Tag Archives: Transition

The Nowhere Between Two Somewheres

boat

The Roman Stoic Philosophers, Lucius Annaeus Seneca the Younger (4. BCE – 65 ACE), made this observation about human planning gone awry:

Our plans miscarry because they have no aim. When a man does not know what harbor he is making for, no wind is the right wind.

Not knowing what harbor you are making for is what transition feels like. It is that in-between place where you cannot go back to a season in your life where the door has closed, and the new door has yet to open.

We often get stuck in-between the chapters of our lives when one chapter ends and the new one hasn’t begun yet. We tend to look for immediate and quick fixes to alleviate the dis-ease of uncertainty we feel when we are in what William Bridges calls “the neutral zone, the nowhere between two somewheres” in his classic book “Transitions”. Know this, that dis-ease is a form of anxiety. Also realize that you have crossed a threshold, and the anxiety is the sign that you have. You can turn your anxiety into anticipation (because it’s the same chemical reaction in your brain), however the former is fear-based “what if” thinking, whereas if you can shift to thinking and acting “as if” your future is determining your present, you will find new motivation to move forward!

In the space of the neutral zone, the “nowhere” zone, you have to learn to be with your anxiety and not attempt to fight it. Fighting it only gives it power. Being with it allows you to embrace the uncertainty and release your creative energies by learning how to ask new questions that free you from the limitations of the former chapter that came to an end precisely because it took you as far as was possible. You outgrew it! Yet you still have a future, and it is waiting for you! Continue reading

Transformation Isn’t Something That Happens When You Find The Time

To all the unique people who want(ed) their transformation to begin on Jan 1 because everyone else is doing it, remember: if you go with the flow, you might miss the boat. 

Transformation isn’t something that you get around to doing. It isn’t something you can add to your calendar, begin my amazing transformation and then drag to a new day because there’s a scheduling conflict. Because the calendar says it is time, will not bring about a transformation, because time is not a factor that will change your life. Time is simply a measure of existence and events.

A transformation can only take place when you are ready and that means you must begin anew. What do I mean by “begin anew”? I mean you must deny yourself.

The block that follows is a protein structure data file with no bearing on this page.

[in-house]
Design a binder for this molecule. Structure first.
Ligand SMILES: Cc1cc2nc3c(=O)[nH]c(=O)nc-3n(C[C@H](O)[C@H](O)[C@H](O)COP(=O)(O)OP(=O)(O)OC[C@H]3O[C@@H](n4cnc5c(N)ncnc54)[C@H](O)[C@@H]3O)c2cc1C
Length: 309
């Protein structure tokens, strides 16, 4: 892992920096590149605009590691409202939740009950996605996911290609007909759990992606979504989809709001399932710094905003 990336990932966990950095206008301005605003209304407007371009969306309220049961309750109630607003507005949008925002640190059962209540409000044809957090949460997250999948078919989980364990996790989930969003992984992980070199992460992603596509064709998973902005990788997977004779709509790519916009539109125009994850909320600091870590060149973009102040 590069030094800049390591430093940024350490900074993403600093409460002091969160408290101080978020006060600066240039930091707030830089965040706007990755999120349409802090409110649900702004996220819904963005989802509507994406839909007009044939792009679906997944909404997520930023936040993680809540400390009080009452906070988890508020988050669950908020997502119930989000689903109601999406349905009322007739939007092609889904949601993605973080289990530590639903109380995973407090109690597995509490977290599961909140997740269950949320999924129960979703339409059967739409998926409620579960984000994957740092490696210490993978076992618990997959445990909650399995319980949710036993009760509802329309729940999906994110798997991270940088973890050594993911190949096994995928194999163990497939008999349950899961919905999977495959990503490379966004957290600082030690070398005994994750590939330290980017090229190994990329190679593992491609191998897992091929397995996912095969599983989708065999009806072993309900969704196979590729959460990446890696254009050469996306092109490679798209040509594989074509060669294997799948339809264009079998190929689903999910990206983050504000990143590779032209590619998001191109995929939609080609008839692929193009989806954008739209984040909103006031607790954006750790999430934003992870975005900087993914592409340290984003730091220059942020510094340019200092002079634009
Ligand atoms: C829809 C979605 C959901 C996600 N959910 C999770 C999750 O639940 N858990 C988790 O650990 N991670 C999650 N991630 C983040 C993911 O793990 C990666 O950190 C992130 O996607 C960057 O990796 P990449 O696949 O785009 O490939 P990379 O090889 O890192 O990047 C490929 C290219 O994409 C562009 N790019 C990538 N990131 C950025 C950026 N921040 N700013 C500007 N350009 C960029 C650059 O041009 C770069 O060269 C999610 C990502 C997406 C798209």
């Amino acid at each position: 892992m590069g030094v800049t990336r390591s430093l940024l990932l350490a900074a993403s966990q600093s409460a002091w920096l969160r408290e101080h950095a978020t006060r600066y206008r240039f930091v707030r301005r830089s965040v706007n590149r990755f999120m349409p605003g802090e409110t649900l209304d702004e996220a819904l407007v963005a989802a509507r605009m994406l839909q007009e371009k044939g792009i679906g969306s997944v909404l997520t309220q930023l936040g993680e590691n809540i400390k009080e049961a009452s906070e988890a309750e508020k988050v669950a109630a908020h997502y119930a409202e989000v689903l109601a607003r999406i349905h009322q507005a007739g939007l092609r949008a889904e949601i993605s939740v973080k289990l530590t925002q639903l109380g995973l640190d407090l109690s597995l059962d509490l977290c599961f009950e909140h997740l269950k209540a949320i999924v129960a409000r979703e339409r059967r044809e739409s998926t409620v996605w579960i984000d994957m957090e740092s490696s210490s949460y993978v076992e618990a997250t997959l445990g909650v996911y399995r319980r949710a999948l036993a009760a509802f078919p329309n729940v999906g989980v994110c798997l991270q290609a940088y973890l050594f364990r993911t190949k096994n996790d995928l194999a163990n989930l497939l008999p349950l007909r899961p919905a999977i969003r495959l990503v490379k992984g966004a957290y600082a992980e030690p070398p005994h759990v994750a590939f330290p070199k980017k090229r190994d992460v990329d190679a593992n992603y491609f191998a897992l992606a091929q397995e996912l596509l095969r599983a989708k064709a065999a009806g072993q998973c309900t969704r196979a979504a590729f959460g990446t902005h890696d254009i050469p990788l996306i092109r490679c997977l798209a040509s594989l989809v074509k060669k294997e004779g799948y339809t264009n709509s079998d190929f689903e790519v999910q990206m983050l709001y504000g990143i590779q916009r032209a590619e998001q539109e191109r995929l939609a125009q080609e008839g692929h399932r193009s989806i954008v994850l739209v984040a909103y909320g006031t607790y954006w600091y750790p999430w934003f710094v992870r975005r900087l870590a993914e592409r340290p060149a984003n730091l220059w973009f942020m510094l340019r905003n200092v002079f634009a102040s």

Denying yourself doesn’t imply that you sacrifice things that you like and those that give you pleasure: pizza, eating out, carbs… sex. Denying yourself means doing things you’ve never done and reacting in ways you never have. It is looking at a situation in another way. Seeing it… differently. Because if you do the same things you always do, you will always get the same things you always get; good or bad.

Bad things, just as good things are really only neutral things. How can this be? When something happens, we assign it a value of either “good” or “bad.” Most of us, maybe even all of us, want that value to always be “good.” But if you look at it, when something is assigned as “good” e.g.: a new job, a promotion, a proposal, a marriage — all events we generally assign as irrefutably good, hence we celebrate (and will reward with food) — is only good because of how it relates to our expectations; the value becomes the meaning. Afterall, a new job, a promotion, a proposal, a marriage is only “good” because of the expectations we have assigned to those events and what we think will happen to us because of those events.

On the flip side, when something presumably “bad” occurs e.g.: losing a job, getting divorce, bankruptcy and foreclosure, all things we assign as certainly “bad,” will be bad, unless we see them for what they are: acts of change. And change, by its nature, is simply something that becomes different.

The whole point of transformation is change. If you are happy, then by all means, and for heaven’s sake, continue doing what you are doing. This is your path; your bliss. If however, you are seeking a transformation, you are seeking something outside of yourself, something you cannot teach yourself and you certainly cannot teach yourself something you do not know. You must deny the satisfaction that comes with “don’t tell me, I know” and the reaction that is based on all the things you have come to know. And this will hurt.

To realize what we once thought was of value is no longer, is a difficult period. This is why it is called a rebirth. Just as a butterfly loses one form of life to gain a new one, you cannot become who you want to be, if you are unable to let go of who you’ve become.

When we are born, we are new — empty and ready to be filled, so to speak. With what you are filled determines how fulfilling your life becomes. To have a rebirth can only happen if you are ready to be “renewed” to be “refilled” And one cannot be refilled if there is no room for growth. How would a glass of wine taste if you were to pour new wine into the same glass that has old wine? 

Only when you deny the self you know, can you become the self you don’t know.